Do you feel like you’re fighting a rearguard action for quality British children’s telly?

It’s hard, that one. It’s a very easy thing to say. As far as I’m concerned, people have been worried about the death of children’s television and fighting for standards in children’s television ever since I started working in children’s television, and that was in 1987! That’s a hell of a long time ago. It always needs safeguarding, it always needs fighting for. There is a genuine battle to be fought. But there are genuinely people fighting that battle. There are always good and creative people who step forward, ready to fight that fight. I have been through two generations. There is less children’s television than there was, but the standard is still very high. And I’m including American stuff in that. I don’t like slagging off American stuff like it’s rubbish – the scripts of some of those animations are brilliant. You and I are never going to love those Sweet Life or It’s So Raven half-hour sitcoms, but they deliver perfectly good scripts, with perfect little morals or happy endings, telling kids to do the right thing with a few good gags. They deliver very well on what they do. It’s very easy to say those shows are rubbish but they’re not, actually. I also think that you can do better than those shows. There’s always someone ringing a bell saying it’s the end of the world, and it hasn’t quite happened yet. But it’s always worth keeping an eye on.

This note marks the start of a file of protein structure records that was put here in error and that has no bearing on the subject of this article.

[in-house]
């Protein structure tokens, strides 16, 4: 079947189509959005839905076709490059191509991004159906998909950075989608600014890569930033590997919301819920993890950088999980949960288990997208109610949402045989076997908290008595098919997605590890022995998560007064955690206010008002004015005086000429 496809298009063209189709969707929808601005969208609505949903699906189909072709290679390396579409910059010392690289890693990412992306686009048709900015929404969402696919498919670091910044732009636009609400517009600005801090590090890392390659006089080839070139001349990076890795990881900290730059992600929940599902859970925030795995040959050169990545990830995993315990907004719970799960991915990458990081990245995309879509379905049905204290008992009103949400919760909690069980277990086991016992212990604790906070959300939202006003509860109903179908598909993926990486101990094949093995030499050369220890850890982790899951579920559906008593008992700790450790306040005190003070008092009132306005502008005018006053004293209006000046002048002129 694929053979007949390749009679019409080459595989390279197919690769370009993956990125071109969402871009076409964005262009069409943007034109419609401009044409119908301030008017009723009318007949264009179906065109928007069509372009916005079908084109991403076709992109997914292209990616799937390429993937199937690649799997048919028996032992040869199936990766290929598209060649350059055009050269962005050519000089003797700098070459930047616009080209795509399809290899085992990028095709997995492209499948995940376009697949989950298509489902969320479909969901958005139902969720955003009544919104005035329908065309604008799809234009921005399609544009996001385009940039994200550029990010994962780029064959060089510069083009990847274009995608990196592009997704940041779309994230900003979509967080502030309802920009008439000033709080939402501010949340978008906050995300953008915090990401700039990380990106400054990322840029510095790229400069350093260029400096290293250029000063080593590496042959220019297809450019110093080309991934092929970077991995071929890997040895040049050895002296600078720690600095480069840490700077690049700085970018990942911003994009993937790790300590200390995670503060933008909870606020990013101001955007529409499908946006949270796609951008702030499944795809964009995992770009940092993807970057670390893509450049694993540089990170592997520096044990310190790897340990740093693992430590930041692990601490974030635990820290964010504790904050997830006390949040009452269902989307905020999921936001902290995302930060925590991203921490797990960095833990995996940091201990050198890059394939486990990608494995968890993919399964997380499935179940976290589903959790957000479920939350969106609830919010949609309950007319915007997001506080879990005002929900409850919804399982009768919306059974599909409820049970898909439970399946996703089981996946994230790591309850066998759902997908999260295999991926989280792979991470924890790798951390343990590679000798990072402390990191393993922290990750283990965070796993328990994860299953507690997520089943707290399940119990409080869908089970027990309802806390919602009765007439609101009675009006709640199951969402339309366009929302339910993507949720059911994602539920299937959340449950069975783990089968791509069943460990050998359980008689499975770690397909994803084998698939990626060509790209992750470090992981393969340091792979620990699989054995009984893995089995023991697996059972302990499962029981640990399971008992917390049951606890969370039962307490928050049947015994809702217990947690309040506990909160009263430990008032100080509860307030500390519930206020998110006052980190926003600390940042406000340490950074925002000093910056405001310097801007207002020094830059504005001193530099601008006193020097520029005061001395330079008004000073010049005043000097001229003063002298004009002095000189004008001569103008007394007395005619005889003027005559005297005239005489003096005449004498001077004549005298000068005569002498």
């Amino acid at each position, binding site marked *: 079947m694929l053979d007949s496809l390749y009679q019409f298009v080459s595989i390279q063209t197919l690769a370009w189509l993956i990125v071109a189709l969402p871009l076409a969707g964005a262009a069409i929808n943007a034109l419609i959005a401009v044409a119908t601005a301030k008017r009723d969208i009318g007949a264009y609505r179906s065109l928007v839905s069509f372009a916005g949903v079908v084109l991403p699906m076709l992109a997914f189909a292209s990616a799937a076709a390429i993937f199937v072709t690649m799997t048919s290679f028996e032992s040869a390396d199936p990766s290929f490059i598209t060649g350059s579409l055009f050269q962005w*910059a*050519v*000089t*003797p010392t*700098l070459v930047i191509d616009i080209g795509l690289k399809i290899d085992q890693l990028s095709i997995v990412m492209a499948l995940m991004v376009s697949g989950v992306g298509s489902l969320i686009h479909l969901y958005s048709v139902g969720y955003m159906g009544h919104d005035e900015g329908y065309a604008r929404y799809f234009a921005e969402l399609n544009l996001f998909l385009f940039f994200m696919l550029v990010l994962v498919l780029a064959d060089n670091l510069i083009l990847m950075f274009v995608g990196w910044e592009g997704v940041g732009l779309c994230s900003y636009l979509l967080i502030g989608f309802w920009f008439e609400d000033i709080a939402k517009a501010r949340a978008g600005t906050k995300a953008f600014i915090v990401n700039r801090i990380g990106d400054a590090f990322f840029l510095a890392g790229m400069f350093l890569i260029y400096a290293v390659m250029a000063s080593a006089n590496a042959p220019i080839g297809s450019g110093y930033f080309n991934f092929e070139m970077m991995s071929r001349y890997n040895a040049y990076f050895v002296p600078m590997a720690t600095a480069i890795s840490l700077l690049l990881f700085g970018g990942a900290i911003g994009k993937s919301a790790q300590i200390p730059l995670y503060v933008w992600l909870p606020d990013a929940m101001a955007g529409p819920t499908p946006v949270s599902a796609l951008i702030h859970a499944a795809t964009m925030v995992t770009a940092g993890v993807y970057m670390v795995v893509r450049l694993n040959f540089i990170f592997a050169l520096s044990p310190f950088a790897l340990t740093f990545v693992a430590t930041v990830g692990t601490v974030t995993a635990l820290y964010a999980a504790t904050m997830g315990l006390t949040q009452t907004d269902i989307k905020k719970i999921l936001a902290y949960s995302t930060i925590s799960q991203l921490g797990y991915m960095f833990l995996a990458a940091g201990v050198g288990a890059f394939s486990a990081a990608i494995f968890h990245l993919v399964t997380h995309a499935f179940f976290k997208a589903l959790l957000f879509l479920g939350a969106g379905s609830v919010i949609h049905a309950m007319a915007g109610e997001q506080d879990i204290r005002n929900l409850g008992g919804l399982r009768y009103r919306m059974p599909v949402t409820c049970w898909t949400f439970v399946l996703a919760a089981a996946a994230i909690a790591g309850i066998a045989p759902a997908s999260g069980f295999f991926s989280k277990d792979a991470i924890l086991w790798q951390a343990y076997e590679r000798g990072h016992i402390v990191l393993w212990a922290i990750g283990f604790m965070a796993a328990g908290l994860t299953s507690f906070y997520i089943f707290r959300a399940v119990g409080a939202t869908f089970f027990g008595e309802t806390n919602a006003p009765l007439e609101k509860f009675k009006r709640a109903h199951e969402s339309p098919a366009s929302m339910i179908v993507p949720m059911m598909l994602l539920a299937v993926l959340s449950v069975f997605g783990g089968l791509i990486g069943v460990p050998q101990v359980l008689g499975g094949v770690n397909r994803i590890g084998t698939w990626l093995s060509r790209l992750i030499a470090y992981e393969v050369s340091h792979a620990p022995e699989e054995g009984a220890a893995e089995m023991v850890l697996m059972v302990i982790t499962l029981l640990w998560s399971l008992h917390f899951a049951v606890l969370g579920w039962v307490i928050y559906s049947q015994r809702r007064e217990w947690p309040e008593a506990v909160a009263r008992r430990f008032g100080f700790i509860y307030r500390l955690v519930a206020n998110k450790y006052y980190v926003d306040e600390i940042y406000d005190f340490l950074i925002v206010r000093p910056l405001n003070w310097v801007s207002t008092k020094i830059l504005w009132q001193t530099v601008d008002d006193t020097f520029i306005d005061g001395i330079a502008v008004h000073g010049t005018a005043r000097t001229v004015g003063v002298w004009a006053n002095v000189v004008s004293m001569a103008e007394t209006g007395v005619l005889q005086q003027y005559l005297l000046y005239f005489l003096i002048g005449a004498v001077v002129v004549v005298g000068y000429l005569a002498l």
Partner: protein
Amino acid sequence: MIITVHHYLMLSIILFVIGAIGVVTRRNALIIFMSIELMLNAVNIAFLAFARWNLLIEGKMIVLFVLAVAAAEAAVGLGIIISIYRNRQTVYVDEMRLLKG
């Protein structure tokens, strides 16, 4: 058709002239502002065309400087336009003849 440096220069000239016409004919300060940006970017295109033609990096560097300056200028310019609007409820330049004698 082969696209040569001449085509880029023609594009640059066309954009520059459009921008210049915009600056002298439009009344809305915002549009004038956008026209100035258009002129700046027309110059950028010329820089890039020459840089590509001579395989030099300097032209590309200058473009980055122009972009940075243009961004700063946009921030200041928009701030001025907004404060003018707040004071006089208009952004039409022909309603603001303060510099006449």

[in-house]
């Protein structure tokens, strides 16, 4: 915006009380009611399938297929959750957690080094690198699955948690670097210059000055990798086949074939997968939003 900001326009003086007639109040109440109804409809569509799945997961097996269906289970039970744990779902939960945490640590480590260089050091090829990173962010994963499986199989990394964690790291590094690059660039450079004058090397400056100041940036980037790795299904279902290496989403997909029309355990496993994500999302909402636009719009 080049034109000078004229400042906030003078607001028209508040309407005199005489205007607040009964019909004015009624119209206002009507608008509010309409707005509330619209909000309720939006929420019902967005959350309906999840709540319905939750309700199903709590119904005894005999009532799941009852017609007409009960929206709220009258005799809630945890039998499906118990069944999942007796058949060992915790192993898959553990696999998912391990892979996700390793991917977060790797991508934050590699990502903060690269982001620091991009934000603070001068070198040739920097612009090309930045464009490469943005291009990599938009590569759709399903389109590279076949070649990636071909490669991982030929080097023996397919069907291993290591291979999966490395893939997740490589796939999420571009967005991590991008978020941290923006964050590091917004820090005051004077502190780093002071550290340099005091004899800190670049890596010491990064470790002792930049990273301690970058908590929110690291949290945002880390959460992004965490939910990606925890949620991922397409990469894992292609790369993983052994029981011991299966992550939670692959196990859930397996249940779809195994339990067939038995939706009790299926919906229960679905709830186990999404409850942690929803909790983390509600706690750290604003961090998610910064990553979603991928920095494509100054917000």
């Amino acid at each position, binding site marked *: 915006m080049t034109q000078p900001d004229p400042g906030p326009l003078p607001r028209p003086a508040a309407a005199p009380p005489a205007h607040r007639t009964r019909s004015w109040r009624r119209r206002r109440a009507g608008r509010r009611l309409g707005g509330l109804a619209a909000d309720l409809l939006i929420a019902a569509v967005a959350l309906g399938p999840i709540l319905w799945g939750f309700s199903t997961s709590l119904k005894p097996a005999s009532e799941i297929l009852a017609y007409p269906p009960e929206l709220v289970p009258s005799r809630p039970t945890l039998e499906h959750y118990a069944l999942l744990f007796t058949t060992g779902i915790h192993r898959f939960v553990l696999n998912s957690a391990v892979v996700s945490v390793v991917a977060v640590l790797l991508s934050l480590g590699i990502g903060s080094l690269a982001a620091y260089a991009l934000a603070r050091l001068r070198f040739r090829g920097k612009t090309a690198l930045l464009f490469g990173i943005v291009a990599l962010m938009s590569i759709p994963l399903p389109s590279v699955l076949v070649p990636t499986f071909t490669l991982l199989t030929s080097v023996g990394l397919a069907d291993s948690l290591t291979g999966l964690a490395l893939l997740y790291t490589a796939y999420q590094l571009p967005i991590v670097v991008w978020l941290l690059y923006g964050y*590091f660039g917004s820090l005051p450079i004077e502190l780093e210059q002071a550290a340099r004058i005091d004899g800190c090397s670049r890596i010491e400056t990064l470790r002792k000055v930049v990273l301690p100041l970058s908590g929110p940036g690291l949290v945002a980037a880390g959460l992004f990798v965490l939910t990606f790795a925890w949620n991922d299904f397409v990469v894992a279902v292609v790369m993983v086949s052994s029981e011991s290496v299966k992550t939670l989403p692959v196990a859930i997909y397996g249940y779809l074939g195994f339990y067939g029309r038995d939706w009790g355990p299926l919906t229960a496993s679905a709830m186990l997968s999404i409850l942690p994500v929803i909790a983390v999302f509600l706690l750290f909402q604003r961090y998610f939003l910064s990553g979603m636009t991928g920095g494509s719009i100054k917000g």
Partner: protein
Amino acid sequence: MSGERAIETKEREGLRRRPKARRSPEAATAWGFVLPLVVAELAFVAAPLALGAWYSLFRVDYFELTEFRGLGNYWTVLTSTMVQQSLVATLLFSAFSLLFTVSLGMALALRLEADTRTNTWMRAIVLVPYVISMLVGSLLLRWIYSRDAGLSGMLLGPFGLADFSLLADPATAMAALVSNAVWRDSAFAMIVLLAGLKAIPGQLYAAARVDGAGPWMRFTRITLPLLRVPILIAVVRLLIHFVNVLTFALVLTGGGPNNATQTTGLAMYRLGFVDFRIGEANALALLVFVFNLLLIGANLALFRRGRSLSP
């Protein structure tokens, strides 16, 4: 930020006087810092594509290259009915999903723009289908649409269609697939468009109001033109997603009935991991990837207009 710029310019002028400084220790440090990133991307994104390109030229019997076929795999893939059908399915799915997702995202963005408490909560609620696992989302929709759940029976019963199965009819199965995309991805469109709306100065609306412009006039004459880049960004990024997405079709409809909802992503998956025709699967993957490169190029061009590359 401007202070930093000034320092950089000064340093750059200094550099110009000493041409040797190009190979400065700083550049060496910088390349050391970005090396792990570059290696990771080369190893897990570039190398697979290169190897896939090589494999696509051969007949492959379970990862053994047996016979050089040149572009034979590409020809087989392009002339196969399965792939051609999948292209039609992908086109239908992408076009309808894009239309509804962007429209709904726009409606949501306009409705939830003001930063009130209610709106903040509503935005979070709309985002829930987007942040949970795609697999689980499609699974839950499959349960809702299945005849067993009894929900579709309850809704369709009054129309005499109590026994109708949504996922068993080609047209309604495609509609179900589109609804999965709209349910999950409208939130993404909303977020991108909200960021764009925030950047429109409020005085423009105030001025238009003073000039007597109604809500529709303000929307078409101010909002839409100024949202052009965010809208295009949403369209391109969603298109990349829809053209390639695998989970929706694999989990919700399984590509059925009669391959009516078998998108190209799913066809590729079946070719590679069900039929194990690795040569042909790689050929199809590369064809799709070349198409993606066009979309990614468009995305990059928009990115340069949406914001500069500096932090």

Nick Setchfield

Wizards Vs Aliens launches on CBBC 29 October